From the Big Bang to superconductivity. Many ground-breaking discoveries have been made in Leiden University’s long history.
Five ground-breaking Leiden discoveries
In 1908, Leiden was officially the coldest spot on Earth. This was the year that Heike Kamerlingh Onnes succeeded in liquefying helium. He was able to lower the temperature of helium to -272°C, close to absolute zero ( -273.15°C). This led to the discovery of superconductivity; Onnes found that the electrical resistance of certain metals disappears at very low temperatures. Superconductivity is still used today, for instance in MRI scanners.
The Netherlands is still known for ‘its’ tulips (Carolus Clusius’ tulips). At the end of the 16th century, botanist Clusius brought the first tulips to Leiden. The bulbs originally came from Turkey and he cultivated all sorts of new varieties in the Hortus Botanicus. His research formed the foundation for the present Dutch bulb-growing industry. Hundreds of years later, his influence is still present in the flower bulb region between Leiden and Haarlem.
The Big Bang is another of Leiden’s discoveries. In 1917, Willem de Sitter published a number of articles about the origins and expansion of the Universe. This Leiden professor based his descriptions of the cosmos on Albert Einstein’s general theory of relativity, which was published earlier that year. De Sitter immediately appreciated what this meant for our understanding of the Universe.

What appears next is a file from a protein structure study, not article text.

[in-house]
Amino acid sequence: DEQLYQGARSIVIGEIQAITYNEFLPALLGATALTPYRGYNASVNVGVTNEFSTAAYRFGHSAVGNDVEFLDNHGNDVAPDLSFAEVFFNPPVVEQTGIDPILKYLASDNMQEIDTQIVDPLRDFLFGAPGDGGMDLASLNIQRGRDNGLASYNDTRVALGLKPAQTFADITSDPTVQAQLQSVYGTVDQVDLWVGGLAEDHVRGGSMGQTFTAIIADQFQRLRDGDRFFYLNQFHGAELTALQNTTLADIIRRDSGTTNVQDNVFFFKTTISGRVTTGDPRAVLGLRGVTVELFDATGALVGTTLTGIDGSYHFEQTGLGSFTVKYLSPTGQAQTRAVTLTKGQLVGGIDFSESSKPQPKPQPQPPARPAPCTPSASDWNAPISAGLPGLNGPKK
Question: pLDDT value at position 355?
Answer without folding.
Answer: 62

Not just the Big Bang but also the size and shape of the galaxy were discovered by Leiden researchers. Jan Hendrik Oort calculated that the distance to the centre of the Milky Way galaxy is 30,000 light years. He also proved that the Milky Way is an orbiting galactic disc with two spiral-shaped arms. The famous Oort cloud, the origin of comets, was named after him. Oort was director of the Leiden Observatory and the first astronomer to describe the existence of dark matter.
Although Galileo Galilei did not come up with his theories in Leiden, the city did play an important role in the dissemination of his ideas. The Leiden publisher Lodewijk Elsevier took a leap when others in Europe wouldn’t: in 1638 he published Galilei’s famous Discorsi. In this book Galilei described two new sciences: materials sciences and kinematics. The Elsevier publishing house was situated in a building adjacent to the Academy Building and published over 2000 books including very influential academic works.